I've been reading a microecon textbook recently, because I am admittedly in over my head every time serious discussions of the topic come up. Recently, they've come up every day. Since I wax on publicly about economic policy from time to time, I figured I literally needed to do my homework. (You can do my homework, too -- MIT offers free online course materials for a number of their econ classes). I also read a couple of economics blogs every day, just to see what the people whose econ homework is decades behind them are saying, and I follow this up with the aforementioned dose of the Wall Street Journal. I present this information not to show that I'm uniquely or even adequately qualified to be talking about this, but to give anyone who reads this an idea of where I'm coming from when I say this:
Some of our public officials are massive idiots.
There are two glaring examples of this right now. Rachel Maddow has nicely covered the idiocy of Senator Richard Burr (R-N.C.), and here's a nice one-minute round up (full disclosure: put together by the Democratic Senatorial Campaign Committee) of what he did:
Maddow also nicely, and with a heavy dose of snark, described what's so troubling about this incident on her show:
Second of all, the FDIC insures your freaking deposit, Senator Genius. Third of all, you think it‘s worth making a “run on the bank” anyway because of what you‘ve learned in Washington about what‘s going on in the financial sector but you don‘t tell your constituents. You instead just use that information you‘ve got because of your position as a senator to protect your own family?
And fourth, what kind of a genius admits to having done this and suggesting a “run on the banks” in public? What kind of a genius? A genius named United States senator from North Carolina Richard Burr, that‘s who. If you‘ve never heard of him, it‘s probably because he‘s vying with the likes of Senators Barrasso and Crapo to be the most anonymous member of the United States Senate.
So we have a Senator who thinks bank runs are a prudent, All-American response to a financial disaster. Excellent. Who can top that?
How about a Detroit City Councilman who decided to walk away from his dream home this week -- not because he was about to be foreclosed on, but because he was underwater in his mortgage? City Council member and probably mayoral candidate Kwame Kenyatta (a Democrat) and his wife, a former city commissioner, saw their home value fall from $225,000 to $100,000 this year, and faced a $1,000 increase on their $2,600 mortgage payments. So they walked away in December and rented a condo instead:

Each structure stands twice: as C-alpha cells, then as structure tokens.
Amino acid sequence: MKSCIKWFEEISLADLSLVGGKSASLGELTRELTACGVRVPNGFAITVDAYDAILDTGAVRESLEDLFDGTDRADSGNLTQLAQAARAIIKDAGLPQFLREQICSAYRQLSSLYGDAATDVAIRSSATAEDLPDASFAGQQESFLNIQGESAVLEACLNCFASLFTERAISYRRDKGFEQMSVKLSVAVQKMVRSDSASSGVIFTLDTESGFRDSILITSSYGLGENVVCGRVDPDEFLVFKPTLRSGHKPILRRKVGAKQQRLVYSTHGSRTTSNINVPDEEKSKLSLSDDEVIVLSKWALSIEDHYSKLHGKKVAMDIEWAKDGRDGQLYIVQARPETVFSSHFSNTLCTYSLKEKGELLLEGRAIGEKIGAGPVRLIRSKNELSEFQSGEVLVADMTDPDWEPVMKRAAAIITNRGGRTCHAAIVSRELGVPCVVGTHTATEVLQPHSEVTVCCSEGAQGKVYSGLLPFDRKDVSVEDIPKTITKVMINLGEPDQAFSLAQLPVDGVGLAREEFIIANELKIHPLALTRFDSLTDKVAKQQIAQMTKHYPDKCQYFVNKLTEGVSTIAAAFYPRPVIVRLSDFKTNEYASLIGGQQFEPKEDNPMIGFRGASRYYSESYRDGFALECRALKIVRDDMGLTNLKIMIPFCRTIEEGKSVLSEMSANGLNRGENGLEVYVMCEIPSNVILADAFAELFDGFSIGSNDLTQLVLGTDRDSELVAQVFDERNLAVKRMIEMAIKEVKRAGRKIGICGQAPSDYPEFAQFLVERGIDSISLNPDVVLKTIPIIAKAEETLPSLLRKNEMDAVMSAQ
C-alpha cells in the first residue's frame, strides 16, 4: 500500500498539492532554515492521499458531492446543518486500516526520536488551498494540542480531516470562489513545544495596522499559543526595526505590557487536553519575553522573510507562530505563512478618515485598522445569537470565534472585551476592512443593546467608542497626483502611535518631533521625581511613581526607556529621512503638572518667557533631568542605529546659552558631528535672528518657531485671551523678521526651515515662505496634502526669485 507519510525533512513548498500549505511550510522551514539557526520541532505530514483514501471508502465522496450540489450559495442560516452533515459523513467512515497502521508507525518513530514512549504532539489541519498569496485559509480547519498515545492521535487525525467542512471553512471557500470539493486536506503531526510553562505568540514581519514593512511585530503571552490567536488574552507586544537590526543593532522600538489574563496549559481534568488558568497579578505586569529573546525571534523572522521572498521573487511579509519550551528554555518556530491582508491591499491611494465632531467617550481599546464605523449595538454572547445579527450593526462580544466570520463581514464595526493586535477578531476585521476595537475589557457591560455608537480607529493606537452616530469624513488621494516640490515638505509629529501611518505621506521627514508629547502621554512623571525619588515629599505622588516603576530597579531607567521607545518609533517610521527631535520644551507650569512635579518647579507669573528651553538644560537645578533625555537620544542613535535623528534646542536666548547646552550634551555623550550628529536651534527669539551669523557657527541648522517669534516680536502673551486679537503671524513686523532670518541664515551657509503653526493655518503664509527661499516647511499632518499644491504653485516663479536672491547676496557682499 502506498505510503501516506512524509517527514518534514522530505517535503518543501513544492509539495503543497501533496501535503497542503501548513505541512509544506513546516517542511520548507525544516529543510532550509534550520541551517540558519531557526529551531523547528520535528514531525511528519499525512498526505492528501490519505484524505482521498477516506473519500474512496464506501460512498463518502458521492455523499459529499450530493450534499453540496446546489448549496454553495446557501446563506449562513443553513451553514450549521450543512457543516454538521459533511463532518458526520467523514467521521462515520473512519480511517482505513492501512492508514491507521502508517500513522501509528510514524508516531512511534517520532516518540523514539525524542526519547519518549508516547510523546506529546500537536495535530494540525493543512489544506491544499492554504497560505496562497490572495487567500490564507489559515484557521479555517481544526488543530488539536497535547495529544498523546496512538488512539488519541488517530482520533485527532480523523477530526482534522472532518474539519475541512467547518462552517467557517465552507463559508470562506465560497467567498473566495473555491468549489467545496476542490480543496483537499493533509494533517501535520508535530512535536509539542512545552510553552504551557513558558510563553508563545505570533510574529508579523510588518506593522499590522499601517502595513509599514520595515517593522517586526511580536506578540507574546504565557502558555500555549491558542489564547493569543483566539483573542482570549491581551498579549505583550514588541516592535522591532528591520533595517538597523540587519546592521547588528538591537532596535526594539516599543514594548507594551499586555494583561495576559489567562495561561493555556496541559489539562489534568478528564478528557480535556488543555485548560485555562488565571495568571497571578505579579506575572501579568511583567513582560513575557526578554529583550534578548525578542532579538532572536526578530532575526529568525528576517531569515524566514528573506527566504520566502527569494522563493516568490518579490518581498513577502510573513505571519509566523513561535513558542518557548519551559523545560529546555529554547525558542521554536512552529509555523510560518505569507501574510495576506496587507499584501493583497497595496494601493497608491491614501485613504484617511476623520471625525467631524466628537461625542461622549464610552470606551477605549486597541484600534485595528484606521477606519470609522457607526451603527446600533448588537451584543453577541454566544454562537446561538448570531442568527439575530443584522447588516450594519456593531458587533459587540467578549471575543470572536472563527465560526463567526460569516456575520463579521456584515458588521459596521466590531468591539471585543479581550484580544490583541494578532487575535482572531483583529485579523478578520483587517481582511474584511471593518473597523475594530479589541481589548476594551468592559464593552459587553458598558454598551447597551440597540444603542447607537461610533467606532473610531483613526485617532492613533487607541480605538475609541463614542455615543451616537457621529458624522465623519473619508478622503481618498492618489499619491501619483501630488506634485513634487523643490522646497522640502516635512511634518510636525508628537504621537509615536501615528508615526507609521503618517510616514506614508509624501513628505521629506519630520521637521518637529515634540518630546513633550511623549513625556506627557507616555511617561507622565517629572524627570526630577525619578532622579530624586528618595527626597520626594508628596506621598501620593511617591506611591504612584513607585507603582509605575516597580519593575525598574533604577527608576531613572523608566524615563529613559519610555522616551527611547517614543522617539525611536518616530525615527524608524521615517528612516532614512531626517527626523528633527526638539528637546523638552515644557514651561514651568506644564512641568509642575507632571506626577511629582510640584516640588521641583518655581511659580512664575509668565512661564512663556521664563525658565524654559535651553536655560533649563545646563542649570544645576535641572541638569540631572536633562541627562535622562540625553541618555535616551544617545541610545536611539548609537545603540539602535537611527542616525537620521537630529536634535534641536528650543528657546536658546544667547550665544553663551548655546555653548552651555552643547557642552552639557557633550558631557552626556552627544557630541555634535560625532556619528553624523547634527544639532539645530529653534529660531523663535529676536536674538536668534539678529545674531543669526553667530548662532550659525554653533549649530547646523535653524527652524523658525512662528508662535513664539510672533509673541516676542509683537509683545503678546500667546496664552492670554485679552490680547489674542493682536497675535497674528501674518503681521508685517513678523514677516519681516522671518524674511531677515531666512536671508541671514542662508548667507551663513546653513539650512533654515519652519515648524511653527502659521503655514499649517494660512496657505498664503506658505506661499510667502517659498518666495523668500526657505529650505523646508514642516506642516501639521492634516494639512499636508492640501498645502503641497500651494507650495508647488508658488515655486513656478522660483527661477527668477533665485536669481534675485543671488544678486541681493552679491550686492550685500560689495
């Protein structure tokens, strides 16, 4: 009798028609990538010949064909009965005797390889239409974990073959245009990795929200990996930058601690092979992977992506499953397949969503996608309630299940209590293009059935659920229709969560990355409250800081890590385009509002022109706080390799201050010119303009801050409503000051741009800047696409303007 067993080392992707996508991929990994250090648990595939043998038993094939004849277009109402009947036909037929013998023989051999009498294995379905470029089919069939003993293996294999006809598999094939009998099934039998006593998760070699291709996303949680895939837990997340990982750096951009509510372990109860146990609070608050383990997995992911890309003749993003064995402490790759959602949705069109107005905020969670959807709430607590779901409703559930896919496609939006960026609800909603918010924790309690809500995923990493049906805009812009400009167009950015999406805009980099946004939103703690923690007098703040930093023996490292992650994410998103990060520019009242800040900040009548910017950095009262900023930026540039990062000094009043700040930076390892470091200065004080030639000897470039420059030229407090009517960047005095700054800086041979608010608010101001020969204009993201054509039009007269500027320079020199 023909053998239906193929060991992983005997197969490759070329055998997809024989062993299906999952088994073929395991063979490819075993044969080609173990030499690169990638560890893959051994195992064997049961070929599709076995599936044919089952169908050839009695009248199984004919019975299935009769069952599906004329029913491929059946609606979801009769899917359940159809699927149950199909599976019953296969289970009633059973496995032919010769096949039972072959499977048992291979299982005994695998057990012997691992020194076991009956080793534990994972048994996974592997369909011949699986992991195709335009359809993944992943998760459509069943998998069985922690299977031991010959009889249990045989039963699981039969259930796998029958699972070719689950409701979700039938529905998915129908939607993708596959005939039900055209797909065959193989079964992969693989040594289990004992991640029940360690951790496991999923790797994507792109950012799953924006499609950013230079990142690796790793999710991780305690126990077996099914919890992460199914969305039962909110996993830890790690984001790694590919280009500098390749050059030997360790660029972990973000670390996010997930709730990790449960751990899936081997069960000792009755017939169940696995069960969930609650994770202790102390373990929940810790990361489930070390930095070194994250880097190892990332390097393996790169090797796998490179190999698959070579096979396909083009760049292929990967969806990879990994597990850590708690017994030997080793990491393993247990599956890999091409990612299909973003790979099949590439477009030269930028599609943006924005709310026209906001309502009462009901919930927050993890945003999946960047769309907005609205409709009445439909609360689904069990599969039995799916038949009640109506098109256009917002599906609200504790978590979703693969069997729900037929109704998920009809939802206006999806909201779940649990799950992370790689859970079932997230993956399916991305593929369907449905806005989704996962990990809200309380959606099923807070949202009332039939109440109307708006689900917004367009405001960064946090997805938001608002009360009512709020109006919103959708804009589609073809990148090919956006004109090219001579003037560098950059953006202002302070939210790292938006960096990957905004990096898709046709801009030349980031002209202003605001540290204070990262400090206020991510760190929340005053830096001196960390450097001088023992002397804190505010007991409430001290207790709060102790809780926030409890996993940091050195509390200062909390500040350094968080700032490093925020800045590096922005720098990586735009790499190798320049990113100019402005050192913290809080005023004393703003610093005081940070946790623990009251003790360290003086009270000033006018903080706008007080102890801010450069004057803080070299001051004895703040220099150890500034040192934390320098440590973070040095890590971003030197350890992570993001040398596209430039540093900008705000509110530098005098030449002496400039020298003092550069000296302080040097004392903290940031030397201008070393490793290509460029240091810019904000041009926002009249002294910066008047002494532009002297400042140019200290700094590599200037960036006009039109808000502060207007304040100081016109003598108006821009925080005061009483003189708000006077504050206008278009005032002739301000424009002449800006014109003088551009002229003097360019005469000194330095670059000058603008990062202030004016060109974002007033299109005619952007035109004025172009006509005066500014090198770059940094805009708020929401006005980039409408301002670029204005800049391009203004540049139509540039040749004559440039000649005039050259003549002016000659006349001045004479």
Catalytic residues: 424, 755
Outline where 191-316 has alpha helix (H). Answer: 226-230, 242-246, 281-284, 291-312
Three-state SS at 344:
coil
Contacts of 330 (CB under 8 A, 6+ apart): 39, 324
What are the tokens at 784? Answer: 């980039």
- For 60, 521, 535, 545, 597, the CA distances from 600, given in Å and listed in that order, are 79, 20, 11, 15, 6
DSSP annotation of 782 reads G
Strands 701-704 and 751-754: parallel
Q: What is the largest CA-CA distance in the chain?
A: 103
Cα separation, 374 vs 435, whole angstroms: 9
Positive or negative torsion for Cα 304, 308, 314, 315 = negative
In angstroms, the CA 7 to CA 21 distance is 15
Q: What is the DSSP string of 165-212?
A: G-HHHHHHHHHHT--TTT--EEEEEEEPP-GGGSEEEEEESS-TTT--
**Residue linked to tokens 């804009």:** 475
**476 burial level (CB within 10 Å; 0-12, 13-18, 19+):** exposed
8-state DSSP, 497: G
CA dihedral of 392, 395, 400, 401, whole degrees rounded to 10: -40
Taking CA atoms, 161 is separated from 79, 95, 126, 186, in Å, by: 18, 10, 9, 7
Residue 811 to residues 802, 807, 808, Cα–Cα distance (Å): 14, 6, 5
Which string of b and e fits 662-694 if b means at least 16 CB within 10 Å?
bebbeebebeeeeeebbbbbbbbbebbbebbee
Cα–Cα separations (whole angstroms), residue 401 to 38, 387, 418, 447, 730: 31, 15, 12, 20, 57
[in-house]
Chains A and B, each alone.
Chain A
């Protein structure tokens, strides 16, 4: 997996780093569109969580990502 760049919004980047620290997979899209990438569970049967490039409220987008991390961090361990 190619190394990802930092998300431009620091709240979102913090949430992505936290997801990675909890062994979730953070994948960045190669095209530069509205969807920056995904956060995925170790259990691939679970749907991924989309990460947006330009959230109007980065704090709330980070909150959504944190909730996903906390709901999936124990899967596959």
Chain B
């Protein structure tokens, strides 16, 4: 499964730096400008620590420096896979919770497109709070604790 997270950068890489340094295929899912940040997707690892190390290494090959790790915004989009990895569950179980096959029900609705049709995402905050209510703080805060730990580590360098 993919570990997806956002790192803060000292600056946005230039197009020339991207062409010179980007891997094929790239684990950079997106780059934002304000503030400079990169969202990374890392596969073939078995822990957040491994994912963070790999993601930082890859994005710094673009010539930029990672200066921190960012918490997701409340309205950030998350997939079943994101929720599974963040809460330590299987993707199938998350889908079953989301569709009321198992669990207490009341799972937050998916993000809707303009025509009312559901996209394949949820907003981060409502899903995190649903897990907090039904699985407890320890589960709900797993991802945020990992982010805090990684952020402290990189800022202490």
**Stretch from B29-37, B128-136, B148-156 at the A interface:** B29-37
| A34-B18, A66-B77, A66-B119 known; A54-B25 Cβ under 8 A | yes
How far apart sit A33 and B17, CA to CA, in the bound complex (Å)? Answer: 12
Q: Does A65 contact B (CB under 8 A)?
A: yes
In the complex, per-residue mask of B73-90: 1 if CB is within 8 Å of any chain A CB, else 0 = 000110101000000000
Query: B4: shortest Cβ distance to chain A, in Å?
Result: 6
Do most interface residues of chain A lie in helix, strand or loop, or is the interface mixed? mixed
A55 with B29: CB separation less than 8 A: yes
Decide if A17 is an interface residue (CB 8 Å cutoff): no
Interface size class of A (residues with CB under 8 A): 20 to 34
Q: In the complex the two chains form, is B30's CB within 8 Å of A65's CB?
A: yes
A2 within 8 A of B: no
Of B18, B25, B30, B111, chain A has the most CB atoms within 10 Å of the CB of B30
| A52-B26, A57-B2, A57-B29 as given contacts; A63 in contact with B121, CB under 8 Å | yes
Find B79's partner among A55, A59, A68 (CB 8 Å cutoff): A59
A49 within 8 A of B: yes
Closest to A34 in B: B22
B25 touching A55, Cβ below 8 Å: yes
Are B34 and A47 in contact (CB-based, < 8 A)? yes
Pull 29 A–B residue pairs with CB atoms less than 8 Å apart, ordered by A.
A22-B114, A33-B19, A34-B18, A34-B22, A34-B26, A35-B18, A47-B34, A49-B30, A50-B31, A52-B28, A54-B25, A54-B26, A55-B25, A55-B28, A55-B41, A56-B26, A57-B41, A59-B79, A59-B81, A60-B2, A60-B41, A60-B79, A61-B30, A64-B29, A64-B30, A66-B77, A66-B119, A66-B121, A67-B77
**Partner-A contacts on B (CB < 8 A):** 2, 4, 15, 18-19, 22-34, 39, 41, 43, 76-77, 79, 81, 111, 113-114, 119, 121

In Detroit, the median sales price for a home is now a pathetic $5,800, down more than $66,000 from seven years ago. An estimated 16,000 foreclosed homes are on the market in the city of about 920,000 residents. Detroit also has one of the highest unemployment rates in the nation, at around 20 percent.
Kenyatta's former neighborhood, North Rosedale Park, is unlike most of the rest of Detroit. Stately, well-kept brick homes line quiet, winding streets. It fights to hold off blight from surrounding northwest side neighborhoods.
Kenyatta's former home is the ugly duckling on its block. Dead grass spreads gray across the lawn. Withered advertising circulars are strewn about the porch and the hedges.
I am sympathetic to the Kenyattas' problem, particularly the upcoming mortgage-rate adjustment -- but my sympathy lies more strongly with their neighbors. "'If I'm going to follow you, you need to be a leader,' said Patricia Dixon, a former neighbor of Kenyatta's. 'You don't show leadership by walking away from your home in the city of Detroit. You have vandalism where they find out the houses are vacant. You have people stealing fireplaces.'"If you are going to be in government, you must be focused on and capable of real leadership. Maybe Kenyatta and Burr both consider themselves leaders -- maybe other people do, too. But the direction both are leading people toward is a very dangerous, irresponsible direction. Our financial system -- and our financial recovery -- hinges upon people doing the right things, on people doing things like leaving their money in the banks, paying their taxes, staying in their homes and making their payments, and generally contributing to an overall return to financial health that will require, at times, moves that seem against an indvidual's short term interest -- but which have long-term dividends to offer in the form of a functioning, expanding economy.
The financial issues facing us at every level -- local, statewide, nationally, and internationally -- are terribly complex. Most of us, and I include these men, do not have the time to understand every aspect. But if you're going to take a job where you'll be charged at some point with making decisions about these complex issues, you should at least be familiar enough to understand how your own actions figure into overall economic health. (And if not -- you should find a staff member, or an online course, or a nearby community college, to help you figure this stuff out, particularly if you're being paid for it).I hope, I truly hope, that both of these men made their decisions based simply on ignorance of the issues, and not upon some idea that it's OK to put personal interests ahead of those of the public, but my suspicion runs in the other direction.